Regional Recruiter Ryan Lesley, who was himself a volunteer between 2006 and 2008, spoke about the program and answered students' questions. Lesley came to Vassar in the fall for a meeting. According to Smith, "If a student has already begun the application process, the recruiter can often arrange to meet that student while he/she is on campus that day. We offer our recruiting office or CDO library as a meeting place."

Juniors and seniors were present at the webinar, as one applies a year in advance of when he/she would hope to leave.

Leo Rubiano '13, a psychology major, was one of the students who attended the webinar. "I'm thinking of going into social work, and going to graduate school for a Master's in social work, but I'm not entirely sure. Spending 27 months overseas would be a good way to see if that kind of work is what I want to do in the long run. It also just sounds like a really good experience."

For students considering the Peace Corps after graduation, Morton offered this advice: "One of my biggest fears was the two-year commitment, but I found that it forces you to really learn what you're doing well enough to do it relatively well by the time you leave. So I would say don't let that deter you, but think carefully about it. It's volunteer work but you're not just giving, you get quite a bit from the experience. It's definitely one of the more life-changing experiences to have."

Peace Corps Volunteers with a Bachelor's Degree traditionally teach English as a foreign language, while those with a Bachelor's in economics or a Master's in any field were focused in the urban universities.

"I was the only [Peace Corps volunteer] in that town; the closest [volunteer] to me was 30 miles away," said Morton.

Joining the Peace Corps is a rigorous process, and once people decide to volunteer they sign a commitment to serve in the Peace Corps for at least 27 months.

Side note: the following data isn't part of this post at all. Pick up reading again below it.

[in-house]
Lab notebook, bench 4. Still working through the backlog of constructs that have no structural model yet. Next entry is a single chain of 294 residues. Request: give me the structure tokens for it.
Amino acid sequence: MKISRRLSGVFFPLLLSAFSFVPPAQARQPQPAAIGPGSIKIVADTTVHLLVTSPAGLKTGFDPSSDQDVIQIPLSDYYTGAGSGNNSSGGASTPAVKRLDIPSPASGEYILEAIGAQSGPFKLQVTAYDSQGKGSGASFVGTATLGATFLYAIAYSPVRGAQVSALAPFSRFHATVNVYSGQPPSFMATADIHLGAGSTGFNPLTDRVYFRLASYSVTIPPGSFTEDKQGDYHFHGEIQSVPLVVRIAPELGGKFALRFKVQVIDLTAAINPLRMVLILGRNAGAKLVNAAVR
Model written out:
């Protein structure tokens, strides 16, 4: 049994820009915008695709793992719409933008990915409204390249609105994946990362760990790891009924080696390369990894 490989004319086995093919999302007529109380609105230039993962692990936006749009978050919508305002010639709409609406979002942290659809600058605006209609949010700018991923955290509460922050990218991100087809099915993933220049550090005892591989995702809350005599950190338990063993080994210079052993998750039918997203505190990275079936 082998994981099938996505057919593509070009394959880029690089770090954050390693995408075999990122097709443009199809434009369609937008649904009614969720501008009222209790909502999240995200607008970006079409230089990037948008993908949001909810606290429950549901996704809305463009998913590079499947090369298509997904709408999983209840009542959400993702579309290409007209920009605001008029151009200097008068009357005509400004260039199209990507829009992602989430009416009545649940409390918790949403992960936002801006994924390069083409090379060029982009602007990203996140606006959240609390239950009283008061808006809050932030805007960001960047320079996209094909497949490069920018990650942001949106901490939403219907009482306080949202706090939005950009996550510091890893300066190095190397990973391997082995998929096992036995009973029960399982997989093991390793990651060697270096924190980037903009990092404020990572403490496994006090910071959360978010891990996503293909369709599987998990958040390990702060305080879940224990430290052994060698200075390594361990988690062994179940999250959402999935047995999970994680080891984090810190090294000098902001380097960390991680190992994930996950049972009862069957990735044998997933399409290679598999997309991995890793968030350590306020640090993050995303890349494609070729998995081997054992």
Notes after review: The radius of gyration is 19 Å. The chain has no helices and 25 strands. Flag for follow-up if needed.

Within the Small School category of the 2012 Peace Corps Top College Rankings, University of Mary Washington garnered the number one spot by having 29 alumnae/i undergraduate volunteers. The school with the highest number of graduates serving in the Peace Corps overall is the University of Colorado at Boulder, with 112 volunteers.

Vassar Peace Corps volunteers are serving in education, HIV/AIDS research and agriculture. But even if one does not use the skills directly learned from the Peace Corps, the experience is a learning experience in many ways.

Morton admits that his current job as a sales representative for a wine distributor in Boston does not directly relate to his time in Kyrgyzstan, but his Peace Corps experience has definitely stuck with him.

"Coincidentally, [a few] days ago one student [I had taught in Kyrgyzstan] friended me on Facebook, and he seemed to be doing very well for himself. He remembered me, and I would like to think that I actually had in the slightest degree possible an impact, so it was encouraging to see that, years later."

Smith acknowledges that there are many other options for students looking to do volunteer work after graduation. "Cross Cultural Solutions and Smaller Earth are two that come to mind," she said.

Volunteering abroad with Cross Cultural Solutions can last anywhere from two weeks to a year, while Smaller Earth allows volunteers to work in fields such as wildlife conservation or sports coaching.

"[The Peace Corps] is a very good solid, structured way in which to broaden one's horizons to the greater world," Morton said of the opportunity.